I learn a great deal from the Lady, and love and respect Her as much as as much any of you. If She remains legal and available, I would continue from time to time to check my coordinates in Her gracious presence.
But it's not going to take many reports like this one (about a 20-year-old who led the cops on a high-speed chase and then claimed to be stoned on Salvia) to trigger scheduling by the Feds. Luckily no one was injured in this particular incident, but I can guarantee you that if someone had been, we would find ourselves a whole lot closer to seeing Lady S. right up there on the list next to LSD, etc. I also think that scheduling is almost inevitable, unless some sort of major miracle occurs - i.e. Salvia's antidepressant qualities come to the fore and a 'medical salvia use' similar to medical pot evolves.
As I mentioned a while back, I've been easing off the Lady because the contrast between where I love finding myself whilst besaged and my 'ordinary' state is just too great. I appreciate the advice given here to try tapering down to tiny doses to bridge the reality gap, so to speak. I do try that, but also meanwhile I am working hard on meditation techniques to see if I can move myself into a permanent and unsupported state of consciousness/bliss that's as rewarding and complete as the one She provides me.
Currently, the most help I have found are on these four lists: http://groups.yahoo.com/group/AdvancedYogaPractices run by an anonymous teacher, which I think says a lot for his/her lack of guru-ish-ness. Also I very much appreciate reading the bliss experiences posted by people practicing the 'wet' Theravada/jhana techniques (Vipassana) http://groups.yahoo.com/group/Jhanas/ and http://groups.yahoo.com/group/Ecstatic_Buddhism/ and those experiencing kundalini symptoms at: http://groups.yahoo.com/group/kundaliniheat/ The last three groups all are moderated by the same guy, who meditates three times a day, two hours each, with the noon sitting a public one at the local university.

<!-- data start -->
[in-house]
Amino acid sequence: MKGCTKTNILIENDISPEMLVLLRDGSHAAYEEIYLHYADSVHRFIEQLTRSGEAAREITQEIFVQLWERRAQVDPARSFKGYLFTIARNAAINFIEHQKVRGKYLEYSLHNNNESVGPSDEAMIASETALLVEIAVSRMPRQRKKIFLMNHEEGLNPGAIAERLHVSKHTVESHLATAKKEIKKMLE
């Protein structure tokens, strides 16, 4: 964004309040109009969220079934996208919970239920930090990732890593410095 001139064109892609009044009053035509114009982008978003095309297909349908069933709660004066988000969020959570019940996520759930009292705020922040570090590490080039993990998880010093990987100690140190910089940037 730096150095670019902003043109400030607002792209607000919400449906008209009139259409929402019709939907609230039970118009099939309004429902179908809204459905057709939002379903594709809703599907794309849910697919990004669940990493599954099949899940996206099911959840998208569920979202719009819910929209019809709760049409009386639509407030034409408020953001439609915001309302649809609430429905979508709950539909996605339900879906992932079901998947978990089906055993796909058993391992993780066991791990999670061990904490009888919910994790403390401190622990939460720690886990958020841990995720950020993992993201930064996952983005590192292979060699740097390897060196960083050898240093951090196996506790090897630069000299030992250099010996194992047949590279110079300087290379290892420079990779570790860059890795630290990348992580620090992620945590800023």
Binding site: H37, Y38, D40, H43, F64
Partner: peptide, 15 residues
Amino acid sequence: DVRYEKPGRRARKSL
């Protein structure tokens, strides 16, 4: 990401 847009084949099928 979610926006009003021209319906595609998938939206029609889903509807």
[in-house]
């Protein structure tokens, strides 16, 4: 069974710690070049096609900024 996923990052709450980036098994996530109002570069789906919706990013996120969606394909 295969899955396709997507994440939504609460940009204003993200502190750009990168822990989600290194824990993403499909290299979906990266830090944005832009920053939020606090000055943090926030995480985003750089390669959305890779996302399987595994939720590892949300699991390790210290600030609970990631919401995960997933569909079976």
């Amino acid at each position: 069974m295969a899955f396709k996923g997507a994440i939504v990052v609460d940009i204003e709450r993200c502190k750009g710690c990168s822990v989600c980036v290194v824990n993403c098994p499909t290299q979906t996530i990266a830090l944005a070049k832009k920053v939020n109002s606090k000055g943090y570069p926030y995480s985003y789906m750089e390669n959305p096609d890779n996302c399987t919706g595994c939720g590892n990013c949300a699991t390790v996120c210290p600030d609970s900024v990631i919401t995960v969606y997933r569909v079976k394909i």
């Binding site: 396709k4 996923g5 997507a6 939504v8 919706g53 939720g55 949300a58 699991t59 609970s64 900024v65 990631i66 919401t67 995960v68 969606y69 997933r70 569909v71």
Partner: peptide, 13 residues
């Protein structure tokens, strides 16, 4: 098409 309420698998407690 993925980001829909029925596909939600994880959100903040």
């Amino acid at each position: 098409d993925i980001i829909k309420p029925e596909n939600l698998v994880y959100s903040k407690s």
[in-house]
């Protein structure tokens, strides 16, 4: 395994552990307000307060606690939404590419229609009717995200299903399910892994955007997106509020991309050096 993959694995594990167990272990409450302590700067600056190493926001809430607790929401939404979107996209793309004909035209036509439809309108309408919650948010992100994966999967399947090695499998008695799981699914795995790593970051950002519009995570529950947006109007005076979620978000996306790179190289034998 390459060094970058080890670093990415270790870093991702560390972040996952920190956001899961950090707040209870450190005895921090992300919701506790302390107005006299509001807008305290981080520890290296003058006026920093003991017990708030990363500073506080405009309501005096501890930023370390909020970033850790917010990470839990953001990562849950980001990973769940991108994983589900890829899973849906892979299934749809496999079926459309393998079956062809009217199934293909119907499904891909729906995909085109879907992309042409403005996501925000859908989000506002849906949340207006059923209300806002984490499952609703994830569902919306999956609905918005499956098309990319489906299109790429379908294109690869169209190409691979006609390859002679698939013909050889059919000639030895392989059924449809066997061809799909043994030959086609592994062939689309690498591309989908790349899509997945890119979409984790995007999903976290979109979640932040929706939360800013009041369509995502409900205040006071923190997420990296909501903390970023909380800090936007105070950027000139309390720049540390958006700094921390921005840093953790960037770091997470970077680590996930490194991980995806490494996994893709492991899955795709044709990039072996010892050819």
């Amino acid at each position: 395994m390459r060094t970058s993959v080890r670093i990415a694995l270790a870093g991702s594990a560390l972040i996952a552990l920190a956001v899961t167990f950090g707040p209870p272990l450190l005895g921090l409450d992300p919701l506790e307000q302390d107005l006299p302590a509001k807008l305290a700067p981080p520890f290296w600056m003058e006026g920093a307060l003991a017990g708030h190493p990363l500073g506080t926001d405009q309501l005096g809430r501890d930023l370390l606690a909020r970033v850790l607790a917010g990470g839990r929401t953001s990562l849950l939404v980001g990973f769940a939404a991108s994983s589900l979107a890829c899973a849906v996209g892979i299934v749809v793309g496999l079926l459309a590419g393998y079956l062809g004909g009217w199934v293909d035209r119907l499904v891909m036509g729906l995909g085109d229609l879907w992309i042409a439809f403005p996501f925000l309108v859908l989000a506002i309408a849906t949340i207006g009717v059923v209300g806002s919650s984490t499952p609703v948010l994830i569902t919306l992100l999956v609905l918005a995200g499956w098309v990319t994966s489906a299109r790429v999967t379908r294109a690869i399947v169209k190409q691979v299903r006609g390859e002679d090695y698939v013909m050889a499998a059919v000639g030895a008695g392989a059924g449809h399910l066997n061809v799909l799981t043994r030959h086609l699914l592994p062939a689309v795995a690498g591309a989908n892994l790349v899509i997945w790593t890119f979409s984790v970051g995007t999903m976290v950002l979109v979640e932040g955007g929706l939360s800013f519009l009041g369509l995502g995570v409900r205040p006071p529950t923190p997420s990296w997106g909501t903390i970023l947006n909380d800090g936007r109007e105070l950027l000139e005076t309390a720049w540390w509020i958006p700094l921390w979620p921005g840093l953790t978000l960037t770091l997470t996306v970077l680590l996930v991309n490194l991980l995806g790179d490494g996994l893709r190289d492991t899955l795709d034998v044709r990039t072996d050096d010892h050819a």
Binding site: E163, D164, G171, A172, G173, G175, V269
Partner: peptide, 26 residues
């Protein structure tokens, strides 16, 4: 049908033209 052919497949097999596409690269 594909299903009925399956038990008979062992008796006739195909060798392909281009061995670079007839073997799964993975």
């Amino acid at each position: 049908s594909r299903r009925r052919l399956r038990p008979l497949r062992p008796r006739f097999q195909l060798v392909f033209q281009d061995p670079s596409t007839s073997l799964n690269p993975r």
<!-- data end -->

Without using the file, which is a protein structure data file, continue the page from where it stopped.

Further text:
Now I very much doubt I'll ever sit as long as he does, which is partially why I lean more toward #1, the Advanced Yoga practices instructor who recommends starting with some breathing (pranayama) and then a short sitting before then moving on to various mudras and body locks, most of which I've tried in slightly different variations. But I like his/her approach a lot because the results, at least for me, are almost instantaneous.
Anyway, I don't intend to rain on anyone's parade here, and once again I have total admiration and love for the plant teacher paths. But the day may come when I'm sitting naked on a desert island with none of my favorite get-high toys, and I'd like to be able to pop into total cosmic consciousness unassisted...
The ultimate definition of a Real Man/Woman, to my humble way of thinking, is the person who can give themselves unending and total body-mind-spirit eudaemony from the inside out just through sheer... willpower? Total surrender? Complete Understanding? Absolute Love?
Deep Inhale: Aspire to the Heights. Hold the breath for a moment: Calm stillness without thought
Deep Exhale: Let go, relax, but keep the calm. . . Hold for a moment: Calm stillness without thought